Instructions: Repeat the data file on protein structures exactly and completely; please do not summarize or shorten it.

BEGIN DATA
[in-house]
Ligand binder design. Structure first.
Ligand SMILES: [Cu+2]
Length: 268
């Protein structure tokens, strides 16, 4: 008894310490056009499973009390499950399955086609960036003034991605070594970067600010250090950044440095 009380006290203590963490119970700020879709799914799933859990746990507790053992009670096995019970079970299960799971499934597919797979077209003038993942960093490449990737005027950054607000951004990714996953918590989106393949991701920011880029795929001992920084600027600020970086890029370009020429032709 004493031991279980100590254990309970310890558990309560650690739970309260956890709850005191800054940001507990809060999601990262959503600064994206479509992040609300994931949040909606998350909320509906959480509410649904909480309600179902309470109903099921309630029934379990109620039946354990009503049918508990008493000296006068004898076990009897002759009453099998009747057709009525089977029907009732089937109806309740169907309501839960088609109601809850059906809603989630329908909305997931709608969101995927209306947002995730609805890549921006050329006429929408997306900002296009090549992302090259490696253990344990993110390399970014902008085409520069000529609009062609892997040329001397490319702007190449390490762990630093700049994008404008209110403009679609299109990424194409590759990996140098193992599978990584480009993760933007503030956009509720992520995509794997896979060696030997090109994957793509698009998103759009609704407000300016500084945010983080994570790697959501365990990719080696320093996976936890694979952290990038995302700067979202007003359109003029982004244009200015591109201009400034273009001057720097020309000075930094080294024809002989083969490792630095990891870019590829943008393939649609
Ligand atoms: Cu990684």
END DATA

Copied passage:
[in-house]
Ligand binder design. Structure first.
Ligand SMILES: [Cu+2]
Length: 268
């Protein structure tokens, strides 16, 4: 008894310490056009499973009390499950399955086609960036003034991605070594970067600010250090950044440095 009380006290203590963490119970700020879709799914799933859990746990507790053992009670096995019970079970299960799971499934597919797979077209003038993942960093490449990737005027950054607000951004990714996953918590989106393949991701920011880029795929001992920084600027600020970086890029370009020429032709 004493031991279980100590254990309970310890558990309560650690739970309260956890709850005191800054940001507990809060999601990262959503600064994206479509992040609300994931949040909606998350909320509906959480509410649904909480309600179902309470109903099921309630029934379990109620039946354990009503049918508990008493000296006068004898076990009897002759009453099998009747057709009525089977029907009732089937109806309740169907309501839960088609109601809850059906809603989630329908909305997931709608969101995927209306947002995730609805890549921006050329006429929408997306900002296009090549992302090259490696253990344990993110390399970014902008085409520069000529609009062609892997040329001397490319702007190449390490762990630093700049994008404008209110403009679609299109990424194409590759990996140098193992599978990584480009993760933007503030956009509720992520995509794997896979060696030997090109994957793509698009998103759009609704407000300016500084945010983080994570790697959501365990990719080696320093996976936890694979952290990038995302700067979202007003359109003029982004244009200015591109201009400034273009001057720097020309000075930094080294024809002989083969490792630095990891870019590829943008393939649609
Ligand atoms: Cu990684």